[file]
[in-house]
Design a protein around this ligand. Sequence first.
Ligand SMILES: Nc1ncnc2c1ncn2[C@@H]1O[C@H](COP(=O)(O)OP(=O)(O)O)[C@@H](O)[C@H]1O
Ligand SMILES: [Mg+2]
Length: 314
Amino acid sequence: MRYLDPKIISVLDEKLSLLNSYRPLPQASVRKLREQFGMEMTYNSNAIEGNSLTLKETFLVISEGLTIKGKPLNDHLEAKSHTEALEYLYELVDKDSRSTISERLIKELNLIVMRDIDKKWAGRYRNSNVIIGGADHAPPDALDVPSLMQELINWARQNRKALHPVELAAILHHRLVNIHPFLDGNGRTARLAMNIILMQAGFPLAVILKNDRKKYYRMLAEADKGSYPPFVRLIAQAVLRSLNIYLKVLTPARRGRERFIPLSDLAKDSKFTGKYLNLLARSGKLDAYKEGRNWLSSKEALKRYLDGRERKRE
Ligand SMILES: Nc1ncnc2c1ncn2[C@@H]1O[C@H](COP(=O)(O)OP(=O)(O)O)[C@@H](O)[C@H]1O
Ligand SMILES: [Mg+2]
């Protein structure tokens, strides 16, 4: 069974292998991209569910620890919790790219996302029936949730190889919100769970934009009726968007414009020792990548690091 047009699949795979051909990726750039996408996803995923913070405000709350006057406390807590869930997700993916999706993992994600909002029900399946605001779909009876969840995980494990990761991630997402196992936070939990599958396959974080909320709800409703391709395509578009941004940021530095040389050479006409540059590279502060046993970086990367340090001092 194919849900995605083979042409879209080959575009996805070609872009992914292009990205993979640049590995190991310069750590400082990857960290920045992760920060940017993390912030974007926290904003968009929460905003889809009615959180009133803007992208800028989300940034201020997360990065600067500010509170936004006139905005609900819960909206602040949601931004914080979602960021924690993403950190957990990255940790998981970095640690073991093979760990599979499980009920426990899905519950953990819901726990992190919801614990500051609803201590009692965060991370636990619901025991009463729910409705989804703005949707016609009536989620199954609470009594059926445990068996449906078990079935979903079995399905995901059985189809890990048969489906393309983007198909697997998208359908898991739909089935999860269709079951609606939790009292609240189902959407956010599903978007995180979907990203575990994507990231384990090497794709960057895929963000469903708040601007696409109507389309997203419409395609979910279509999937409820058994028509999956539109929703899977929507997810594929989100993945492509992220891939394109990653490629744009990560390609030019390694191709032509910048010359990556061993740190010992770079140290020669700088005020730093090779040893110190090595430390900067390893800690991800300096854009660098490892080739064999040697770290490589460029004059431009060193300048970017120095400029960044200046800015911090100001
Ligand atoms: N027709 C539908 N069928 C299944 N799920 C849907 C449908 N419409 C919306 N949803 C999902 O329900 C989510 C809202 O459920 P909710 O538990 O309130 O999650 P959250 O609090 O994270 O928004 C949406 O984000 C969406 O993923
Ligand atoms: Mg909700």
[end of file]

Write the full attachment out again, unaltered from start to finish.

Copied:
[in-house]
Design a protein around this ligand. Sequence first.
Ligand SMILES: Nc1ncnc2c1ncn2[C@@H]1O[C@H](COP(=O)(O)OP(=O)(O)O)[C@@H](O)[C@H]1O
Ligand SMILES: [Mg+2]
Length: 314
Amino acid sequence: MRYLDPKIISVLDEKLSLLNSYRPLPQASVRKLREQFGMEMTYNSNAIEGNSLTLKETFLVISEGLTIKGKPLNDHLEAKSHTEALEYLYELVDKDSRSTISERLIKELNLIVMRDIDKKWAGRYRNSNVIIGGADHAPPDALDVPSLMQELINWARQNRKALHPVELAAILHHRLVNIHPFLDGNGRTARLAMNIILMQAGFPLAVILKNDRKKYYRMLAEADKGSYPPFVRLIAQAVLRSLNIYLKVLTPARRGRERFIPLSDLAKDSKFTGKYLNLLARSGKLDAYKEGRNWLSSKEALKRYLDGRERKRE
Ligand SMILES: Nc1ncnc2c1ncn2[C@@H]1O[C@H](COP(=O)(O)OP(=O)(O)O)[C@@H](O)[C@H]1O
Ligand SMILES: [Mg+2]
């Protein structure tokens, strides 16, 4: 069974292998991209569910620890919790790219996302029936949730190889919100769970934009009726968007414009020792990548690091 047009699949795979051909990726750039996408996803995923913070405000709350006057406390807590869930997700993916999706993992994600909002029900399946605001779909009876969840995980494990990761991630997402196992936070939990599958396959974080909320709800409703391709395509578009941004940021530095040389050479006409540059590279502060046993970086990367340090001092 194919849900995605083979042409879209080959575009996805070609872009992914292009990205993979640049590995190991310069750590400082990857960290920045992760920060940017993390912030974007926290904003968009929460905003889809009615959180009133803007992208800028989300940034201020997360990065600067500010509170936004006139905005609900819960909206602040949601931004914080979602960021924690993403950190957990990255940790998981970095640690073991093979760990599979499980009920426990899905519950953990819901726990992190919801614990500051609803201590009692965060991370636990619901025991009463729910409705989804703005949707016609009536989620199954609470009594059926445990068996449906078990079935979903079995399905995901059985189809890990048969489906393309983007198909697997998208359908898991739909089935999860269709079951609606939790009292609240189902959407956010599903978007995180979907990203575990994507990231384990090497794709960057895929963000469903708040601007696409109507389309997203419409395609979910279509999937409820058994028509999956539109929703899977929507997810594929989100993945492509992220891939394109990653490629744009990560390609030019390694191709032509910048010359990556061993740190010992770079140290020669700088005020730093090779040893110190090595430390900067390893800690991800300096854009660098490892080739064999040697770290490589460029004059431009060193300048970017120095400029960044200046800015911090100001
Ligand atoms: N027709 C539908 N069928 C299944 N799920 C849907 C449908 N419409 C919306 N949803 C999902 O329900 C989510 C809202 O459920 P909710 O538990 O309130 O999650 P959250 O609090 O994270 O928004 C949406 O984000 C969406 O993923
Ligand atoms: Mg909700």